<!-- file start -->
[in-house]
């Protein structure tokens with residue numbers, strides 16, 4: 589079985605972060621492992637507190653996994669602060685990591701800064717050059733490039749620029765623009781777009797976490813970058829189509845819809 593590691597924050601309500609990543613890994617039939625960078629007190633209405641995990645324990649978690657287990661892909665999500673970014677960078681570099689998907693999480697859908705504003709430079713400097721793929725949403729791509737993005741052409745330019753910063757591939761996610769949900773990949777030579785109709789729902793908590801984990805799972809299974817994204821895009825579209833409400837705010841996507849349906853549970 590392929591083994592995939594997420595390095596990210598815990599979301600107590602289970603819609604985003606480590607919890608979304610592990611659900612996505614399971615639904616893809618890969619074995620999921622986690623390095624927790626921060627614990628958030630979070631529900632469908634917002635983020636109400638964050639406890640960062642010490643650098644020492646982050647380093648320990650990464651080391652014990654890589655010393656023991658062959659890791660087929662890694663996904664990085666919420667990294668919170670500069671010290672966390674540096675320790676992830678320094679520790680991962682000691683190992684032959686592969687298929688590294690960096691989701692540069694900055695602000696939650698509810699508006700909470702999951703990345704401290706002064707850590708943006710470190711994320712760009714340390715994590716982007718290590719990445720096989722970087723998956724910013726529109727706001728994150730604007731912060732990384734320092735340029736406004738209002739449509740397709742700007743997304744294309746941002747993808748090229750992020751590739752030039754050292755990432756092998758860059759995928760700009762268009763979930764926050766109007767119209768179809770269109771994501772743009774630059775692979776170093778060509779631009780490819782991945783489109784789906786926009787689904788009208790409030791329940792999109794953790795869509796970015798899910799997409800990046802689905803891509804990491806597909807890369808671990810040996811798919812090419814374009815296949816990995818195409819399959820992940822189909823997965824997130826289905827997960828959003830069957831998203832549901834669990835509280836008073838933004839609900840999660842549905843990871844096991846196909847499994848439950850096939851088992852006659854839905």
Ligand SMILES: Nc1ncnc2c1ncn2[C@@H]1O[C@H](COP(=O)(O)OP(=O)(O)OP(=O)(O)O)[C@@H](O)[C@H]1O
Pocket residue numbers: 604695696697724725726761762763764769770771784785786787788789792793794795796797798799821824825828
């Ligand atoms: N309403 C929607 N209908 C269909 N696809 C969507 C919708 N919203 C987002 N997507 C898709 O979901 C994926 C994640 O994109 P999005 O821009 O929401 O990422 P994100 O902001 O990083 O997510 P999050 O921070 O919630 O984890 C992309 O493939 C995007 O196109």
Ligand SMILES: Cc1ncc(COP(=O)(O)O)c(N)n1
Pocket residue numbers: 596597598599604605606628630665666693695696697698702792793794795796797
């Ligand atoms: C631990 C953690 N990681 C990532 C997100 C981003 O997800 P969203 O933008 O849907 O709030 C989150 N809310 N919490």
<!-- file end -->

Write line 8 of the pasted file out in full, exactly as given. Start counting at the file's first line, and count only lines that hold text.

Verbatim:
């Ligand atoms: C631990 C953690 N990681 C990532 C997100 C981003 O997800 P969203 O933008 O849907 O709030 C989150 N809310 N919490």